NSW school wins contest to design Western Sydney International Airport

14 August 2019 (Last Updated August 14th, 2019 12:34)

Students from McCallums Hill Public School in Roselands, New South Wales (NSW), Australia, have won the competition to design the Western Sydney International (Nancy-Bird Walton) Airport.

NSW school wins contest to design Western Sydney International Airport
Winners are grinners: The McCallums Hill Public School team from left, Ben, Star, Joshua, Henry and Alex Credit: NSW Department of Education

Students from McCallums Hill Public School in Roselands, New South Wales (NSW), Australia, have won the competition to design the Western Sydney International (Nancy-Bird Walton) Airport.

Using the 3D digital building game Minecraft, a team of five Year 5 and 6 students created a design focused on sustainability, customer experience and accessibility.

The competition was conducted by Liverpool City Council in partnership with the NSW Department of Education.

Western Sydney Airport CEO Graham Millett said: “The competition saw students use Minecraft to tackle the same challenge that the Western Sydney Airport team is working on right now, considering passenger experience, sustainability and accessibility to design the best airport possible.”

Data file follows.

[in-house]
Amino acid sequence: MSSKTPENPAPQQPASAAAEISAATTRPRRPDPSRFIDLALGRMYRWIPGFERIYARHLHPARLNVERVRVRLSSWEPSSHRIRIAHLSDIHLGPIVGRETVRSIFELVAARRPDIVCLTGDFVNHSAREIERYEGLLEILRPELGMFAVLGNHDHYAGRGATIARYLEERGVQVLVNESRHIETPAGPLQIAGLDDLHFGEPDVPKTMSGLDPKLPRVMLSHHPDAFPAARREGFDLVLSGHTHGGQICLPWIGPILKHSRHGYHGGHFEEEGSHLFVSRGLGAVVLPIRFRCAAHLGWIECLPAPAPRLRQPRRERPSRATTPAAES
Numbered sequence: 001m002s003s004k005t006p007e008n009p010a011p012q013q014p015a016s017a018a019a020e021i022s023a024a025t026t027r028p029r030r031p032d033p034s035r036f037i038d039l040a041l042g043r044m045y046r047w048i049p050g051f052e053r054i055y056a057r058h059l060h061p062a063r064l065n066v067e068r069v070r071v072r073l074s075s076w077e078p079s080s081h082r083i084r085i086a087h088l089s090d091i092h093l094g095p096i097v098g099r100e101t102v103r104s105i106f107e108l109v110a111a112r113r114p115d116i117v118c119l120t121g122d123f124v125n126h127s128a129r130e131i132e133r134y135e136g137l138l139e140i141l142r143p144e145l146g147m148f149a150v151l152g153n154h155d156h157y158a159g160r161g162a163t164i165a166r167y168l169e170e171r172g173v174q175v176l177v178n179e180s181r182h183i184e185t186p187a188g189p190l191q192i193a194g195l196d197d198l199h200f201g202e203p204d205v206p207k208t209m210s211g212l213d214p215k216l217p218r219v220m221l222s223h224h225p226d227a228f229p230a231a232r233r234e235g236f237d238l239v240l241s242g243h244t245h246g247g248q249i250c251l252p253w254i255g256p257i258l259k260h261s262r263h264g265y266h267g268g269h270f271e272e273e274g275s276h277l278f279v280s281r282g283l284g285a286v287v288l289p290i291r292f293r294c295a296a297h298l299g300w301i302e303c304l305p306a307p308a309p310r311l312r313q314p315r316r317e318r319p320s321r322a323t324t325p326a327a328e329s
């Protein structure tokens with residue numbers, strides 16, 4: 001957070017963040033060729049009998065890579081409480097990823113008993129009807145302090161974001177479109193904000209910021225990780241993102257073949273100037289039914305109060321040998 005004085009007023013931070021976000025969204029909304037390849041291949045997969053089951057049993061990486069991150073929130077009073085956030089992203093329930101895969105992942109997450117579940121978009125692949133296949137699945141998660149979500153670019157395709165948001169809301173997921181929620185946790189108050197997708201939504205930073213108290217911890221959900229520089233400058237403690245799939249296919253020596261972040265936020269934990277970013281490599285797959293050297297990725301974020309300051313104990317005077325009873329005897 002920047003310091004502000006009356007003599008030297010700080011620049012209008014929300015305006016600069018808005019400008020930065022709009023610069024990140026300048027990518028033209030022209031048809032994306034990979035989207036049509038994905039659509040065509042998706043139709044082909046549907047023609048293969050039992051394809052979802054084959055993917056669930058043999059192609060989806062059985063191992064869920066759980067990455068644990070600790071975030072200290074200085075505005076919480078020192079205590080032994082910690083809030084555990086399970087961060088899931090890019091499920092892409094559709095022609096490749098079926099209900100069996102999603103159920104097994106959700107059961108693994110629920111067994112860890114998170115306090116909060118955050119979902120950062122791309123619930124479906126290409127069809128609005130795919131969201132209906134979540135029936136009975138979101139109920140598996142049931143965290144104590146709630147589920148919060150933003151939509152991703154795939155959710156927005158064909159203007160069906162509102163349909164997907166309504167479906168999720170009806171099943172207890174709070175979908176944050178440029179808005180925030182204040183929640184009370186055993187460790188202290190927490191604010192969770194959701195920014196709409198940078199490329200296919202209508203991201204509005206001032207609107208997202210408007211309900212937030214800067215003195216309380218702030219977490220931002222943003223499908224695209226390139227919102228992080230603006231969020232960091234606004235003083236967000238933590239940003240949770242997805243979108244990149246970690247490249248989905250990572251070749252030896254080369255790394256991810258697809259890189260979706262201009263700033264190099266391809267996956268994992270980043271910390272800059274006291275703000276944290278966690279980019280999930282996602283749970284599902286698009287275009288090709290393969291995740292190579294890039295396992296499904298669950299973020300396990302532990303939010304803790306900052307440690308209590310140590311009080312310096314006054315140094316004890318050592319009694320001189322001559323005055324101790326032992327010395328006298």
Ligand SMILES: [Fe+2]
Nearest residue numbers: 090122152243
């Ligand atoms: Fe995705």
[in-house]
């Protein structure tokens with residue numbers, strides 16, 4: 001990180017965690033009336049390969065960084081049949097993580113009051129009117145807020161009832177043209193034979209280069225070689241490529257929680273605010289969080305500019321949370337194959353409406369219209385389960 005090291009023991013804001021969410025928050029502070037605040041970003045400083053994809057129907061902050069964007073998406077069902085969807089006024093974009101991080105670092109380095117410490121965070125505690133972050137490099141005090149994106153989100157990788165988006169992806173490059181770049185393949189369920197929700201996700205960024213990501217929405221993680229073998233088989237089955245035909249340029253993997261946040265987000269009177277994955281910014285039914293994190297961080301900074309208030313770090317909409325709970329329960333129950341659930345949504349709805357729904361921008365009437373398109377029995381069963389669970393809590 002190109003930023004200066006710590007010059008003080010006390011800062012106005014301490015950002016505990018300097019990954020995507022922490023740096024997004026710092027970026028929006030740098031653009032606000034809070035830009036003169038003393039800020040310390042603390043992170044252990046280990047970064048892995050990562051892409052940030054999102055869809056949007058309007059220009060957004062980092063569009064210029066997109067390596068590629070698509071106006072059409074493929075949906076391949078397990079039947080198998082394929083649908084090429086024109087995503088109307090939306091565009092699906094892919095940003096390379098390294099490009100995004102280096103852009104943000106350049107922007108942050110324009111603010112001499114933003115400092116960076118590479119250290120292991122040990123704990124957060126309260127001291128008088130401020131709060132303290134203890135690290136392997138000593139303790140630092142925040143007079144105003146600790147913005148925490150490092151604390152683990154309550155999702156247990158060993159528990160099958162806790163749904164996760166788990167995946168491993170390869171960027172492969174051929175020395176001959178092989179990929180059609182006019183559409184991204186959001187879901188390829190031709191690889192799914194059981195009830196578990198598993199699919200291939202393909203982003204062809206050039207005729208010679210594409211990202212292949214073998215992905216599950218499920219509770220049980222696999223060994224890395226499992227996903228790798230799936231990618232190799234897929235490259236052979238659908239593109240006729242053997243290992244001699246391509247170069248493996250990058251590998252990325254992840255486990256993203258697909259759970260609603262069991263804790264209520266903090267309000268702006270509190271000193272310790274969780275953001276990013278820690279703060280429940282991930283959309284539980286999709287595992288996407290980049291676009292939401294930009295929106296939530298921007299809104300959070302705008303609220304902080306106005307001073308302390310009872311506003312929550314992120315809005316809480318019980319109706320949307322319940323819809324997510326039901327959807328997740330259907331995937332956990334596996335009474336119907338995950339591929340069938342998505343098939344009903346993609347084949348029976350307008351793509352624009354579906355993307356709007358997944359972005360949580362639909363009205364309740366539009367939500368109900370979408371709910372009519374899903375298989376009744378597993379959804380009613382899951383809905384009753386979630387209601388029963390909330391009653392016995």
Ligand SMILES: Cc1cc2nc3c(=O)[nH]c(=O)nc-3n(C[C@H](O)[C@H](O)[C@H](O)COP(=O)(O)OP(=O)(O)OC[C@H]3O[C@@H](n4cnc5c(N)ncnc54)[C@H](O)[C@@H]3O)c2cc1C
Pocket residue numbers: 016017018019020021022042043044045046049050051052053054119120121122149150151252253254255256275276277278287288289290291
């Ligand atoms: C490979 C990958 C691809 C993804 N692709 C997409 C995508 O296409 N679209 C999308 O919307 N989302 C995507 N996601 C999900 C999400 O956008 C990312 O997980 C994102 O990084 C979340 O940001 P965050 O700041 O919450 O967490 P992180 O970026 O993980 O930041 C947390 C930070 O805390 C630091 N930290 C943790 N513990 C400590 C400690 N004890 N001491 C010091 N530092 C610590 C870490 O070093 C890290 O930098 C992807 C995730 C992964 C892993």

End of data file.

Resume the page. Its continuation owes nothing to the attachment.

Liverpool mayor Wendy Waller added: “This competition grew out of Liverpool and is reaching all of Western Sydney. We have some of the brightest minds and their ideas for the future are mind-blowing.”

Around 40 schools from western Sydney participated in the competition.

The winning airport design included solar panels, drought-resistant trees, wind power and automatic cars to assist disabled people. The students also included a display of the Great Barrier Reef.

Year 5/6 support unit class teacher Ben Spiteri said: “We’re ecstatic. It was a really great project to work on, and it is so great for the kids to have won.”

The team has won A$20,000 ($12,108), which will be used for STEM learning resources.

Western Sydney International is slated to open for its first passengers in 2026.